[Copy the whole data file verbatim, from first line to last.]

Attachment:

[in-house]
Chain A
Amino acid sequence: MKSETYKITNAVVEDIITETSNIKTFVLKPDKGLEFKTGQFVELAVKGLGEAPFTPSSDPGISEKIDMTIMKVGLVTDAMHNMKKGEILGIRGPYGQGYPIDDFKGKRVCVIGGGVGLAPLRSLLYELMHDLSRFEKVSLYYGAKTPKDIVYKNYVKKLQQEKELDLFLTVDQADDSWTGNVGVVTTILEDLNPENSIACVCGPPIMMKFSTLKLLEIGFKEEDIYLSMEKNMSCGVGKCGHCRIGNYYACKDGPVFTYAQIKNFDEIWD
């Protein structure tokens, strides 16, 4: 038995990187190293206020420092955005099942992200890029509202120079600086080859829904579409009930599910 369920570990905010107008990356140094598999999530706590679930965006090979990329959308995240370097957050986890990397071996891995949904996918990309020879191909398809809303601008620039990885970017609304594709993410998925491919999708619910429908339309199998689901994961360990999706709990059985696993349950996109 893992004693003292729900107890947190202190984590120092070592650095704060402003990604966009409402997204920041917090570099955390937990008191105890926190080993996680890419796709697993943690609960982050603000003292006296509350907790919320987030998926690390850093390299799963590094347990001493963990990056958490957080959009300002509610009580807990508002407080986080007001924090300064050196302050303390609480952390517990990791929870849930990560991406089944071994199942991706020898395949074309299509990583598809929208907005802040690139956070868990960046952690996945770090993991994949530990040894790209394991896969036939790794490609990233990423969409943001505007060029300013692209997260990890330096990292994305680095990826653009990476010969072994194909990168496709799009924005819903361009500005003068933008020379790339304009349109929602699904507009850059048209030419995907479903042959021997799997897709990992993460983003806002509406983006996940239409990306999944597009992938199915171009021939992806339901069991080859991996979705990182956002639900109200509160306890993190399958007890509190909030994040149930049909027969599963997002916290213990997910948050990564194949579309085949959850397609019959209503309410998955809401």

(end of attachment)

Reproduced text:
[in-house]
Chain A
Amino acid sequence: MKSETYKITNAVVEDIITETSNIKTFVLKPDKGLEFKTGQFVELAVKGLGEAPFTPSSDPGISEKIDMTIMKVGLVTDAMHNMKKGEILGIRGPYGQGYPIDDFKGKRVCVIGGGVGLAPLRSLLYELMHDLSRFEKVSLYYGAKTPKDIVYKNYVKKLQQEKELDLFLTVDQADDSWTGNVGVVTTILEDLNPENSIACVCGPPIMMKFSTLKLLEIGFKEEDIYLSMEKNMSCGVGKCGHCRIGNYYACKDGPVFTYAQIKNFDEIWD
């Protein structure tokens, strides 16, 4: 038995990187190293206020420092955005099942992200890029509202120079600086080859829904579409009930599910 369920570990905010107008990356140094598999999530706590679930965006090979990329959308995240370097957050986890990397071996891995949904996918990309020879191909398809809303601008620039990885970017609304594709993410998925491919999708619910429908339309199998689901994961360990999706709990059985696993349950996109 893992004693003292729900107890947190202190984590120092070592650095704060402003990604966009409402997204920041917090570099955390937990008191105890926190080993996680890419796709697993943690609960982050603000003292006296509350907790919320987030998926690390850093390299799963590094347990001493963990990056958490957080959009300002509610009580807990508002407080986080007001924090300064050196302050303390609480952390517990990791929870849930990560991406089944071994199942991706020898395949074309299509990583598809929208907005802040690139956070868990960046952690996945770090993991994949530990040894790209394991896969036939790794490609990233990423969409943001505007060029300013692209997260990890330096990292994305680095990826653009990476010969072994194909990168496709799009924005819903361009500005003068933008020379790339304009349109929602699904507009850059048209030419995907479903042959021997799997897709990992993460983003806002509406983006996940239409990306999944597009992938199915171009021939992806339901069991080859991996979705990182956002639900109200509160306890993190399958007890509190909030994040149930049909027969599963997002916290213990997910948050990564194949579309085949959850397609019959209503309410998955809401």